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»Mechanick Exercises«, London 1683

Mechanick Exercises: Or the Doctrine of Handy-Works

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  • "Mechanick Exercises" was written, printed, and published by Moxon between 1683-1685 and reprinted in 1703. Breaking away from Guild restrictions, he wrote of what he knew from his experiences as a practitioner of skilled trades.

    [From D. B. Updike’s Printing Types: Their History, Forms, and Use (1962 ed.). Images are from PPL’s copy of Moxon’s Mechanick Exercises (1683)]

  • The text is as cutting edge as when it was printed in 1678 (specifically to the fine art of letterpressery). Mechanick Exercises is a great summer beach reading, chock full of intriguing illustrations and fine printing advice delivered in ye olde english-style. Perhaps my favorite section is the dictionary at the end of the book, if your master printer has ever accused you of having “Sop the Balls”or if you don’t know where the “Monks” on your print came from, this is your go to source for answers.

    Grabhorn comments: "These men had a way of borrowing from each other and themselves in their various editions. The father of most of them was Joseph Moxon in his Mechanick Exercises [ of 1683. Here, this collection has had to make do with DeVinne's annotated reprint edition of 1896." However, although there are less than seventy known surviving copies of Moxon, the Jackson Burke copy was purchased from Dawson's of Los Angeles in 1975. Its arrival at the library was celebrated with a special event. The money to purchase the Moxon came from an auction of duplicates, and there was enough left to also purchase one of the typographical masterpieces of the twentieth century: Bruce Rogers's Oxford Lectern Bible , a real "trouser-press" of a book, as Stanley Morison said.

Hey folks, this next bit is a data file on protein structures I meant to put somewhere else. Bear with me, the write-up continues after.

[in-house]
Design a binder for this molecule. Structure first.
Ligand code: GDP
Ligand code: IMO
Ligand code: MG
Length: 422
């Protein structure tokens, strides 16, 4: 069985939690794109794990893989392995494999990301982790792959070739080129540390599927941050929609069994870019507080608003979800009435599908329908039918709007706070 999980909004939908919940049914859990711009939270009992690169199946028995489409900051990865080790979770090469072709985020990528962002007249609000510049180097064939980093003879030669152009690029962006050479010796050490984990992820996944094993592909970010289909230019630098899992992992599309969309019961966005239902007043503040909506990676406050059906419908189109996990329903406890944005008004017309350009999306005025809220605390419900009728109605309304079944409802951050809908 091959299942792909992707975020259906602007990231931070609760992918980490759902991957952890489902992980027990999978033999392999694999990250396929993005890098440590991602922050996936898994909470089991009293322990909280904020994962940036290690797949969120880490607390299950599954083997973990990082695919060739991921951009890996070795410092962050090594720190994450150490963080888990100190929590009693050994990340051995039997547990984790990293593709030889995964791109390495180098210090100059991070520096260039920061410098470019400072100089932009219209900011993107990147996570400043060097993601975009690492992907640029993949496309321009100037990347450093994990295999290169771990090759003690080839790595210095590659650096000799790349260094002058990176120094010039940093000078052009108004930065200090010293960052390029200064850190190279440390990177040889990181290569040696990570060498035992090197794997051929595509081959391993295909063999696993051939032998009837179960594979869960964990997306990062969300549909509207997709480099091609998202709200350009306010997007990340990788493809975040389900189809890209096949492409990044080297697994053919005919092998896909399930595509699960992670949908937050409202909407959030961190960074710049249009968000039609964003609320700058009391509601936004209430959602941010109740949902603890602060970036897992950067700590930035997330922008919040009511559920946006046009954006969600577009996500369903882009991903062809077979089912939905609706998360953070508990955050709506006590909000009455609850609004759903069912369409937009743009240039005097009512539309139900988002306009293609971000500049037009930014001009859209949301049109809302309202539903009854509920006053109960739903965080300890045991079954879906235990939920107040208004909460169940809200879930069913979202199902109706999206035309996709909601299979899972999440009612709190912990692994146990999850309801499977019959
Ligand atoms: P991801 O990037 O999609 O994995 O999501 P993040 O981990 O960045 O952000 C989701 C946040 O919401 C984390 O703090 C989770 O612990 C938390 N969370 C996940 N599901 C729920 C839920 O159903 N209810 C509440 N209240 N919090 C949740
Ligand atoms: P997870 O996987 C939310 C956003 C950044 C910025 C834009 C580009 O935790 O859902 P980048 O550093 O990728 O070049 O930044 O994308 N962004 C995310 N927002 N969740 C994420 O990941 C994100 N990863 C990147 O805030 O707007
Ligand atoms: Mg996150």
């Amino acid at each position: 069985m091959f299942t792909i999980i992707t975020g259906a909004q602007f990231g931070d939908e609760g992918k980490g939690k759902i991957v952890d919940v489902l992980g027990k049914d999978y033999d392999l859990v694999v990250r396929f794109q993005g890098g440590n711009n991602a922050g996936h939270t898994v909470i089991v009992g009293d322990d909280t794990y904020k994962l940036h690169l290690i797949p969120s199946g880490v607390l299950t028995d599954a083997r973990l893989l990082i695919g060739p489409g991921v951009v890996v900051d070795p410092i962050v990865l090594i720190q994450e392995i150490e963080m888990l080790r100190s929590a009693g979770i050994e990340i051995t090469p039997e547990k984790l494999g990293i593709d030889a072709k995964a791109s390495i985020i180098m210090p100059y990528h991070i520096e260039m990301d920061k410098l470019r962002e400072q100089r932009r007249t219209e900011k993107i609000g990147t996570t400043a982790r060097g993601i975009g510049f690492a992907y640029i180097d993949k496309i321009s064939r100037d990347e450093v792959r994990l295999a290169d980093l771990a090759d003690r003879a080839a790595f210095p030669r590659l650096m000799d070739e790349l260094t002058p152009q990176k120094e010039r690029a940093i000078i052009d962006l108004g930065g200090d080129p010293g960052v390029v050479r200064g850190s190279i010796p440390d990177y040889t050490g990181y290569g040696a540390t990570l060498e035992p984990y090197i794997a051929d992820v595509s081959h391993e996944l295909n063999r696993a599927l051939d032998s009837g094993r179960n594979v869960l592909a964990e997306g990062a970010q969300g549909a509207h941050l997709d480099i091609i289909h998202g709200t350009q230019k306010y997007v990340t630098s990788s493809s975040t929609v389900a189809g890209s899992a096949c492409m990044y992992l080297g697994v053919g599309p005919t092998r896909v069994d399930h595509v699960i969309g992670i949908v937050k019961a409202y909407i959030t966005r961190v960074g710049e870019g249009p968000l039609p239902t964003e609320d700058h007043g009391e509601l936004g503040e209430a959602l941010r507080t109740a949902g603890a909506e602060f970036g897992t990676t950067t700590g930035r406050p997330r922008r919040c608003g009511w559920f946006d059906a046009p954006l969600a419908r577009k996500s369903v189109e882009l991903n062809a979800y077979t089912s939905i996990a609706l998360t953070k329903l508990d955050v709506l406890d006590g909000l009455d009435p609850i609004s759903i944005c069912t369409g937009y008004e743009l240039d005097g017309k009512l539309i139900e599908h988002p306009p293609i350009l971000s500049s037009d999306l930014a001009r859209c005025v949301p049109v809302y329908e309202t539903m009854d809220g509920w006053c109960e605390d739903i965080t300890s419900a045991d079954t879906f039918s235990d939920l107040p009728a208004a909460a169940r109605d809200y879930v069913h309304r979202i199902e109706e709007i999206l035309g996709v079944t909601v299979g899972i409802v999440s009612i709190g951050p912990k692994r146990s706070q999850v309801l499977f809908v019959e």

• Joseph Moxon's mechanik exercises; or, The doctrine of handy-works applied ...
    Joseph Moxon,Charles Franklin Montgomery
    Snippet view - 1970

    Grabhorn comments: "These men had a way of borrowing from each other and themselves in their various editions. The father of most of them was Joseph Moxon in his Mechanick Exercises [ of 1683. Here, this collection has had to make do with DeVinne's annotated reprint edition of 1896." However, although there are less than seventy known surviving copies of Moxon, the Jackson Burke copy was purchased from Dawson's of Los Angeles in 1975. Its arrival at the library was celebrated with a special event. The money to purchase the Moxon came from an auction of duplicates, and there was enough left to also purchase one of the typographical masterpieces of the twentieth century: Bruce Rogers's Oxford Lectern Bible , a real "trouser-press" of a book, as Stanley Morison said.

Mechanick exercises - Collections | HathiTrust Digital Library

The link is for the section on joinery. To download the entire book for free as a pdf, look at the left rail of the page and click on the link “Download Whole Book.” A couple clicks later and the entire “Mechanick Exercises” from 1703 will be on your hard drive, with the plates intact.